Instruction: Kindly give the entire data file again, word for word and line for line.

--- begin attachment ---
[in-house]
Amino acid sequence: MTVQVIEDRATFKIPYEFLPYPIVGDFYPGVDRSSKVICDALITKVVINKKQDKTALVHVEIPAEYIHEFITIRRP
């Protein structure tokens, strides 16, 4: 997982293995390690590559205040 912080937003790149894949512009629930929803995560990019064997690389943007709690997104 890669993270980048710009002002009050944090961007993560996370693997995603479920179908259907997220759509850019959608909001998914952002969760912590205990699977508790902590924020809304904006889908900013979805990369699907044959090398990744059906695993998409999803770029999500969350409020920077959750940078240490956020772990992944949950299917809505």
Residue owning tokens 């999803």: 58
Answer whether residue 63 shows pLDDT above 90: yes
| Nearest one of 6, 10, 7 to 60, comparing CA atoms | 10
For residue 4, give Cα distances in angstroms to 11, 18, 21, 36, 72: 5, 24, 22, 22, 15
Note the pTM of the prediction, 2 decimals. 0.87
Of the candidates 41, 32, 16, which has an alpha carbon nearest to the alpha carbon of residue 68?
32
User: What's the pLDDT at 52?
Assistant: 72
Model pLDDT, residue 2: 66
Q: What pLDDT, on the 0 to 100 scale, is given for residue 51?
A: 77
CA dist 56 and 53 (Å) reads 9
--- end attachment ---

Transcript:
[in-house]
Amino acid sequence: MTVQVIEDRATFKIPYEFLPYPIVGDFYPGVDRSSKVICDALITKVVINKKQDKTALVHVEIPAEYIHEFITIRRP
């Protein structure tokens, strides 16, 4: 997982293995390690590559205040 912080937003790149894949512009629930929803995560990019064997690389943007709690997104 890669993270980048710009002002009050944090961007993560996370693997995603479920179908259907997220759509850019959608909001998914952002969760912590205990699977508790902590924020809304904006889908900013979805990369699907044959090398990744059906695993998409999803770029999500969350409020920077959750940078240490956020772990992944949950299917809505």
Residue owning tokens 């999803």: 58
Answer whether residue 63 shows pLDDT above 90: yes
| Nearest one of 6, 10, 7 to 60, comparing CA atoms | 10
For residue 4, give Cα distances in angstroms to 11, 18, 21, 36, 72: 5, 24, 22, 22, 15
Note the pTM of the prediction, 2 decimals. 0.87
Of the candidates 41, 32, 16, which has an alpha carbon nearest to the alpha carbon of residue 68?
32
User: What's the pLDDT at 52?
Assistant: 72
Model pLDDT, residue 2: 66
Q: What pLDDT, on the 0 to 100 scale, is given for residue 51?
A: 77
CA dist 56 and 53 (Å) reads 9